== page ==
Take the 2-minute tour ×
Stack Overflow is a question and answer site for professional and enthusiast programmers. It's 100% free, no registration required.

I've written a solution to problem using PL/SQL and SQL and I can't help thinking that it could be done 100% in SQL but am I am struggling to get started.

Here is the structure of the two tables (If it helps, the scripts to create them are at the end of the question)

Table t1 (primary key is both columns displayed)

ID    TYPE
1     A
1     B
1     C

2     A
2     B

3     B

The Type column is a Foreign Key to table T2 which contains the following data:

Table t2 (primary key is Type)

Type    Desc
A       xx

B       xx

C       xx

So given the the data in T1 the result I need will be:

For ID 1 because it has all the types in the foreign key table I would return the literal "All"

For ID 2 because it has two types I would like to return "A & B" (note the separator)

And finally for ID 3 because it has one type I would like to return just "B"

As promised here are the scripts to create all the objects mentioned.

create table t2(type varchar2(1),
                description varchar2(100)
                )                
/

insert into t2
values ('A', 'xx')
/

insert into t2
values ('B', 'xx')
/

insert into t2
values ('C', 'xx')
/

alter table t2 add constraint t2_pk primary key (type)
/

create table t1 (id number(10),
                 type varchar2(1)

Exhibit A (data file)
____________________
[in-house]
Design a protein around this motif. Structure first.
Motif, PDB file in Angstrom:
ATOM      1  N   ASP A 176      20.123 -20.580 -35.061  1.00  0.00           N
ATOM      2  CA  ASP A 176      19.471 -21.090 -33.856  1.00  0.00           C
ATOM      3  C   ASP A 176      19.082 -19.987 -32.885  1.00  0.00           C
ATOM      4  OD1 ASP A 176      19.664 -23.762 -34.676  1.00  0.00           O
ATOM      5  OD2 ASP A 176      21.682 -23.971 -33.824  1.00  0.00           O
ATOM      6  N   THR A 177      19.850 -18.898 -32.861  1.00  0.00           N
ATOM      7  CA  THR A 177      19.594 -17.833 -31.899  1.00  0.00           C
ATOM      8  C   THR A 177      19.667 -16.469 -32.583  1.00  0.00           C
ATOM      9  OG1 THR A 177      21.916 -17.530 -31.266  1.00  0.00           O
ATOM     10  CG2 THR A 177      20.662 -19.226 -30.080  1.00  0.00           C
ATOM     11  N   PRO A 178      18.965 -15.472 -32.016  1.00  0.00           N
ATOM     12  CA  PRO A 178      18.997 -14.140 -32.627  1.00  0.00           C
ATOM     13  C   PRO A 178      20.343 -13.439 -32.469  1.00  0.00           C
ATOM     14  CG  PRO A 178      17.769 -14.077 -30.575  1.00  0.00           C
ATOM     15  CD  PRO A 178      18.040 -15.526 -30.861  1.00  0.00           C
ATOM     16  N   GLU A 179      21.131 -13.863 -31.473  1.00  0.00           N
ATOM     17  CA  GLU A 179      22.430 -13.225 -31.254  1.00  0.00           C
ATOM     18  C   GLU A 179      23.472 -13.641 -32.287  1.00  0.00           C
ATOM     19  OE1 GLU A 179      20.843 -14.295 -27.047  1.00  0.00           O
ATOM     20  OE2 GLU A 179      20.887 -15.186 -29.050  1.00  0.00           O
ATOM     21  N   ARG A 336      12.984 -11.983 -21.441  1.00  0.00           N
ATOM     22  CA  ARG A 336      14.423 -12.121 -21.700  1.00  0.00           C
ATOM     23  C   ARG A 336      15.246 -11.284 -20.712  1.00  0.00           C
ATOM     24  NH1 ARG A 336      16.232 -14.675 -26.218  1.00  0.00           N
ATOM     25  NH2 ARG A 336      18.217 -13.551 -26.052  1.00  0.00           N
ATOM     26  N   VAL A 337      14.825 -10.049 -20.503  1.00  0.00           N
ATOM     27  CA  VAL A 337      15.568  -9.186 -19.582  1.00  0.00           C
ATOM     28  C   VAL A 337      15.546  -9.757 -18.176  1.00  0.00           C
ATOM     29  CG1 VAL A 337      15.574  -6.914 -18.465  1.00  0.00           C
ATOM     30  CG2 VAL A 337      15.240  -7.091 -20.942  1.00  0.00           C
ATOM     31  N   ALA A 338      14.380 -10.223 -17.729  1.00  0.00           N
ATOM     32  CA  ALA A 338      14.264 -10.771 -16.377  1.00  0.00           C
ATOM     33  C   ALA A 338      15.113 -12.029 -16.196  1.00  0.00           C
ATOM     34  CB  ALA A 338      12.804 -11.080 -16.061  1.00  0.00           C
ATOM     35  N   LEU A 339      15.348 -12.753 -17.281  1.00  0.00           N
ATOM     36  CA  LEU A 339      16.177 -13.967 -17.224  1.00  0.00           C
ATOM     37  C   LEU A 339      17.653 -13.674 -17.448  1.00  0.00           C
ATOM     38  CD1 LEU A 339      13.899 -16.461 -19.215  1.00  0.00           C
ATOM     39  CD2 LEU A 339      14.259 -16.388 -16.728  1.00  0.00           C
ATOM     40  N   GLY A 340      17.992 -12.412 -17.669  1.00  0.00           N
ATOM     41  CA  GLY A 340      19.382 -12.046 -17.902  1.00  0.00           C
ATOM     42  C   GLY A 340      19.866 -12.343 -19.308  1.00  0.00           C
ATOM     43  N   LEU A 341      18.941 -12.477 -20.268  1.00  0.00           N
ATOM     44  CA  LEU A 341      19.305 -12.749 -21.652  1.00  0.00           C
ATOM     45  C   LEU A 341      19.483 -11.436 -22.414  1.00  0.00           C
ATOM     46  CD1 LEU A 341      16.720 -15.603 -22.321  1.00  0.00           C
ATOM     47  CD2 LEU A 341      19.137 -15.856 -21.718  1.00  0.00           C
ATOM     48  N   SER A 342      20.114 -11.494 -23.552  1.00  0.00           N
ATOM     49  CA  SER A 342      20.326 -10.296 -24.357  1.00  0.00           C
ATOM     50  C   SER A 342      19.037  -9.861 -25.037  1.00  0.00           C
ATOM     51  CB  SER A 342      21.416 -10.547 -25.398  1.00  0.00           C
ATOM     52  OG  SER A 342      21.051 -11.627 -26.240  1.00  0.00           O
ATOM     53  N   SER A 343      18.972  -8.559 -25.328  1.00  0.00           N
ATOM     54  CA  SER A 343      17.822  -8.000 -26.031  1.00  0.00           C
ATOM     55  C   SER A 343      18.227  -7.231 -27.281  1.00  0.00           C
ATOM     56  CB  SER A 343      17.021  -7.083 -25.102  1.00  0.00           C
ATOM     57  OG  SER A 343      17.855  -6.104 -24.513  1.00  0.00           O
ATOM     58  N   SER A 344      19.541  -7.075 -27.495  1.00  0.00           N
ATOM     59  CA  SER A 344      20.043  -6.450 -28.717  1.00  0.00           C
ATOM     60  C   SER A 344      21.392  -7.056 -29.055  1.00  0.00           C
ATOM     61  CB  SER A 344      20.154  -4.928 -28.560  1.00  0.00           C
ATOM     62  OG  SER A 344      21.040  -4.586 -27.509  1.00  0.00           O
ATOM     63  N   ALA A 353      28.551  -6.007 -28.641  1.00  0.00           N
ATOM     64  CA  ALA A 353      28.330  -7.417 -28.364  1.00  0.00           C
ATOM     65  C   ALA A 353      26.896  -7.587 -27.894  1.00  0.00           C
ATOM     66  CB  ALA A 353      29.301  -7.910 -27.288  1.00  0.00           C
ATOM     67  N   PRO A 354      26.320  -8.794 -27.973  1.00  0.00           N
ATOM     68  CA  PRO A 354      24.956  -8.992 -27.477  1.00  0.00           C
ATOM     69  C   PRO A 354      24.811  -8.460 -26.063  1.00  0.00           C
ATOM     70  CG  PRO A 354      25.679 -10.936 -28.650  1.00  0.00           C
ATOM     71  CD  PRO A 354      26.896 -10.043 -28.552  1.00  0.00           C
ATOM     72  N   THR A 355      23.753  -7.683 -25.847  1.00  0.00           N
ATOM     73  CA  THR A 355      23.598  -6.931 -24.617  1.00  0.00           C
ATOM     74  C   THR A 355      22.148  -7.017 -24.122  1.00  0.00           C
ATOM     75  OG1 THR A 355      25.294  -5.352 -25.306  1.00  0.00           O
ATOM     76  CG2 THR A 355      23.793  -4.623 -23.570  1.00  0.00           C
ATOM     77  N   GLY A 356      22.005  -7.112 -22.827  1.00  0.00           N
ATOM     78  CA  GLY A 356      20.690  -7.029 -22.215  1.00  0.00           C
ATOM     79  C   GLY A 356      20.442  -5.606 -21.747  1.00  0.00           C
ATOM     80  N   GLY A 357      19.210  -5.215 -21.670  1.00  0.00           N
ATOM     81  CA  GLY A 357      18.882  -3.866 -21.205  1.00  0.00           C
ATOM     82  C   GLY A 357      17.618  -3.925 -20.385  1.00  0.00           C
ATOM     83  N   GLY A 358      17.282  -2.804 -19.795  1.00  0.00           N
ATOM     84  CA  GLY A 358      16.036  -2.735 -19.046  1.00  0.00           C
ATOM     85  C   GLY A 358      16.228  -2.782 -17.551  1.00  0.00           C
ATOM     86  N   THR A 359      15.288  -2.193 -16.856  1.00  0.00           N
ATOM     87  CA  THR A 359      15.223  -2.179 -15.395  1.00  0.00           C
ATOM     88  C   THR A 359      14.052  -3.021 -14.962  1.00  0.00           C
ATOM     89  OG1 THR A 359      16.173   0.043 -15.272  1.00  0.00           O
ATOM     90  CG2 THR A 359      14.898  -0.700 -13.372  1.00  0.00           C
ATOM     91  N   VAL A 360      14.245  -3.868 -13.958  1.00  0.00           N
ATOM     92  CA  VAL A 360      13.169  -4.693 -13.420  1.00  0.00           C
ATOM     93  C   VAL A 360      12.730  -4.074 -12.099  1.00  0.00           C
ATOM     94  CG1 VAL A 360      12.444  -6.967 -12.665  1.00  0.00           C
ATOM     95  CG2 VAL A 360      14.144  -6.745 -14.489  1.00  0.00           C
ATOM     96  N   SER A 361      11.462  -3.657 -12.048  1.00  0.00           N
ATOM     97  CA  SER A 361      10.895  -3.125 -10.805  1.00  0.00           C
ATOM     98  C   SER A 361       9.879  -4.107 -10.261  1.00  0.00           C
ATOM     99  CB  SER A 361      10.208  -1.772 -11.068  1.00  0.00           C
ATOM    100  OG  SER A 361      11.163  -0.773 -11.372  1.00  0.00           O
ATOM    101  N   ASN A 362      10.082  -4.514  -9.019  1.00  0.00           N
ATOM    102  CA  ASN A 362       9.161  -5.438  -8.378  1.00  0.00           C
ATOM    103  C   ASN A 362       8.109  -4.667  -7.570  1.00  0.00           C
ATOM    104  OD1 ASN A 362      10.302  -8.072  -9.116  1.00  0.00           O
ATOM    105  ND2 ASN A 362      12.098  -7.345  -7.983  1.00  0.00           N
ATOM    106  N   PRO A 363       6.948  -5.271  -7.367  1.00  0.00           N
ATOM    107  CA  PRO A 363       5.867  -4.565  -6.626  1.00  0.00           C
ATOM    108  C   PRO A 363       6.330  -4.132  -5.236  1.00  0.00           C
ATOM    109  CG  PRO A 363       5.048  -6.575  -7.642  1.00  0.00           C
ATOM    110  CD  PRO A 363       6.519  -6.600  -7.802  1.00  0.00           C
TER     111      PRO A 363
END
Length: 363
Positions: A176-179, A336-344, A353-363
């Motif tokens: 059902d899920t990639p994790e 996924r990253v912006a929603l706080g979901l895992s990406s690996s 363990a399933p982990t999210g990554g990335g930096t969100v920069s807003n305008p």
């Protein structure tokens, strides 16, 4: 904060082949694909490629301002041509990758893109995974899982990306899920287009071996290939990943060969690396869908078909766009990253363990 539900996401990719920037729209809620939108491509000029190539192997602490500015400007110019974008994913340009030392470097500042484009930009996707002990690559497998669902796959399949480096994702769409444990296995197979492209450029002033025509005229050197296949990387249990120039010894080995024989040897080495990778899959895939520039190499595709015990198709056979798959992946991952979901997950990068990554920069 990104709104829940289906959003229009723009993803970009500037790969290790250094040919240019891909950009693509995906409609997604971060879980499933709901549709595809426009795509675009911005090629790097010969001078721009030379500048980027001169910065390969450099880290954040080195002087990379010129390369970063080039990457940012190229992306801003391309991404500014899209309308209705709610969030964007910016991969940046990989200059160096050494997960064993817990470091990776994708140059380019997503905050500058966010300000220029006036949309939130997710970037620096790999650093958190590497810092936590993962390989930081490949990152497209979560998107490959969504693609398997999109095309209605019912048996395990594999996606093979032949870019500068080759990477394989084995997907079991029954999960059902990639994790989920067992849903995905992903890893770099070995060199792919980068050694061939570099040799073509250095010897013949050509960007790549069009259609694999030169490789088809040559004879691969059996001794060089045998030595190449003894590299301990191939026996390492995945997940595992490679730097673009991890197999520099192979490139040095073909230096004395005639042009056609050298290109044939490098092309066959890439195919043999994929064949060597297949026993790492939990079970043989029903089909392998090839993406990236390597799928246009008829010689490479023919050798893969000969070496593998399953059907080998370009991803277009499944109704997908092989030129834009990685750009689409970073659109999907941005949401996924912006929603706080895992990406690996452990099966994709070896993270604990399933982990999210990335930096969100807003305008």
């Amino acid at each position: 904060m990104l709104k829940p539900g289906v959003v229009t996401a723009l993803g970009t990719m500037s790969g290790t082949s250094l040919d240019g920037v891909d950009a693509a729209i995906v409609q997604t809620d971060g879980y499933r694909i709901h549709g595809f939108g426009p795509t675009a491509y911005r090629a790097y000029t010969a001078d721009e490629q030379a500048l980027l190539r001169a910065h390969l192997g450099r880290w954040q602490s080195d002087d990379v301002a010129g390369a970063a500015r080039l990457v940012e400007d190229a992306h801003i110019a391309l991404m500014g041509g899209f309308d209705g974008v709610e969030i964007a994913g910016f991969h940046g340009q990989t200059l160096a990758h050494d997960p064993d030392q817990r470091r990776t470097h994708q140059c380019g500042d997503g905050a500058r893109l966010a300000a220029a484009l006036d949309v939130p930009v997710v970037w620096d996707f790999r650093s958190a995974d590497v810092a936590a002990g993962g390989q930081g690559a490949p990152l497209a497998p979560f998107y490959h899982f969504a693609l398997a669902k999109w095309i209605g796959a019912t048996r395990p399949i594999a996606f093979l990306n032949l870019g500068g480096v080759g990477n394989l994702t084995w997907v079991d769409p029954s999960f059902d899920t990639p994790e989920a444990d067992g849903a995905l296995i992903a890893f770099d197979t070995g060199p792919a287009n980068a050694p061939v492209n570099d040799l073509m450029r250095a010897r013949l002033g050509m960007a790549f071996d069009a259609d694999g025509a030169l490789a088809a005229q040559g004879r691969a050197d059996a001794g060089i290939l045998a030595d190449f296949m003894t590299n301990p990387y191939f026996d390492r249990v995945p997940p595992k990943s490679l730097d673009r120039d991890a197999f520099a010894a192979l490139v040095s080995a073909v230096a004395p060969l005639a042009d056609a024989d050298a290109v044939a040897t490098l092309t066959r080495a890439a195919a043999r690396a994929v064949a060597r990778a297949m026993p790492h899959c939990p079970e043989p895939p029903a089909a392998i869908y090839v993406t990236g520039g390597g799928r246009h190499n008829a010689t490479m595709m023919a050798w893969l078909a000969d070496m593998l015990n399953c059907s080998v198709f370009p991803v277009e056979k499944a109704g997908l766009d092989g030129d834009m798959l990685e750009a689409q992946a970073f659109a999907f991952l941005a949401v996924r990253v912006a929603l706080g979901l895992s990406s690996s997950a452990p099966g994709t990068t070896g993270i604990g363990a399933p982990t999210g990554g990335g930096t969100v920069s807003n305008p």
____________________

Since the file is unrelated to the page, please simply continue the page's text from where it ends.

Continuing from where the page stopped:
)
/

alter table t1 add constraint t1_pk primary key(id, type)
/

alter table t1 add constraint t1_fk foreign key (type) 
references t2(type)
/

insert into t1
values (1, 'A') 
/

insert into t1
values (1, 'B')
/

insert into t1
values (1, 'C')
/

insert into t1
values (2, 'A')
/

insert into t1
values (2, 'B')
/

insert into t1
values (3, 'B')
/
share|improve this question
    
Are you going to add more types into t2? Not just A, B, and C? –  mcpeterson Nov 10 '10 at 20:28
    
@mcpeterson: Thanks for the comment. The data in t2 will be fixed, with a total of around 5 rows –  Ian Carpenter Nov 10 '10 at 21:03
1  
The need for group oriented string concatenation negates the ability to do this in pure SQL. –  OMG Ponies Nov 11 '10 at 0:18

1 Answer 1

up vote 5 down vote accepted

Something like this should get you what you are looking for:

select
    id,
    case
        when cnt = (select count(distinct type) from t2)
        then 'All'
        else ltrim(sys_connect_by_path(type,' & '),' &')
    end types   
from (
    select
        t1.id,
        t2.type,
        count(*) over (partition by t1.id) cnt,
        row_number() over (partition by t1.id order by t2.type) rn
    from
        t1
        inner join t2
            on t2.type = t1.type
)
where
    rn = cnt
    start with rn = 1
    connect by prior id = id and prior rn = rn-1;

I would give your question +10 if I could for posting your object / data creation script!

share|improve this answer
1  
Wouldn't a GROUP BY Type and a aggregation function instead of sys_connect_by_path be enough? –  David Schmitt Nov 10 '10 at 20:37
3  
Yes, you could get the same solution if you make a custom aggregate function that you call with a group by as well (similar to the stragg function that is pretty common). Of course that isn't "just SQL" anymore though... :) –  Craig Nov 10 '10 at 22:12
3  
If you have 11g you can use the LISTAGG analytic function instead: download.oracle.com/docs/cd/E11882_01/server.112/e17118/… –  Jon Heller Nov 11 '10 at 4:23
1  
I would give your question +10 if I could for posting your object / data creation script! Amen! –  Adam Hawkes Nov 11 '10 at 13:54
    
+1 and the answer thanks a lot Craig. –  Ian Carpenter Nov 11 '10 at 19:48

Your Answer

 
discard

By posting your answer, you agree to the privacy policy and terms of service.

Not the answer you're looking for? Browse other questions tagged or ask your own question.